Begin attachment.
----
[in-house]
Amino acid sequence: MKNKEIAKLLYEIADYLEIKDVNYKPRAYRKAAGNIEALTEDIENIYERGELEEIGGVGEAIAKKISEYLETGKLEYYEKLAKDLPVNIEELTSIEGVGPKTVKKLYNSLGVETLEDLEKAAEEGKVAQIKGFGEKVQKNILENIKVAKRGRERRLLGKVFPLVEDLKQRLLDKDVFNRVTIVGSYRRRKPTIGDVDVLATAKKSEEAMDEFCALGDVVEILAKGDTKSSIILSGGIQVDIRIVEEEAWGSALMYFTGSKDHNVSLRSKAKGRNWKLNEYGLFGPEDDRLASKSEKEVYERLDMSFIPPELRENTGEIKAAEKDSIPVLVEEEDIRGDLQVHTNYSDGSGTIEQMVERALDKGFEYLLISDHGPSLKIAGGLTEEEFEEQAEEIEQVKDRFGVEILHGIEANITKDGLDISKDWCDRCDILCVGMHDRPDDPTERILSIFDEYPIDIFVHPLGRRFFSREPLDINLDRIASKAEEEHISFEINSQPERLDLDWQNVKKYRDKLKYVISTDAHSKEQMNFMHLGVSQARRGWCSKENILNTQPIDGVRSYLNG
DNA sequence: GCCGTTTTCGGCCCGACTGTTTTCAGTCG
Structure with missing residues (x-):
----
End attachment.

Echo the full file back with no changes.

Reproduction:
[in-house]
Amino acid sequence: MKNKEIAKLLYEIADYLEIKDVNYKPRAYRKAAGNIEALTEDIENIYERGELEEIGGVGEAIAKKISEYLETGKLEYYEKLAKDLPVNIEELTSIEGVGPKTVKKLYNSLGVETLEDLEKAAEEGKVAQIKGFGEKVQKNILENIKVAKRGRERRLLGKVFPLVEDLKQRLLDKDVFNRVTIVGSYRRRKPTIGDVDVLATAKKSEEAMDEFCALGDVVEILAKGDTKSSIILSGGIQVDIRIVEEEAWGSALMYFTGSKDHNVSLRSKAKGRNWKLNEYGLFGPEDDRLASKSEKEVYERLDMSFIPPELRENTGEIKAAEKDSIPVLVEEEDIRGDLQVHTNYSDGSGTIEQMVERALDKGFEYLLISDHGPSLKIAGGLTEEEFEEQAEEIEQVKDRFGVEILHGIEANITKDGLDISKDWCDRCDILCVGMHDRPDDPTERILSIFDEYPIDIFVHPLGRRFFSREPLDINLDRIASKAEEEHISFEINSQPERLDLDWQNVKKYRDKLKYVISTDAHSKEQMNFMHLGVSQARRGWCSKENILNTQPIDGVRSYLNG
DNA sequence: GCCGTTTTCGGCCCGACTGTTTTCAGTCG
Structure with missing residues (x-):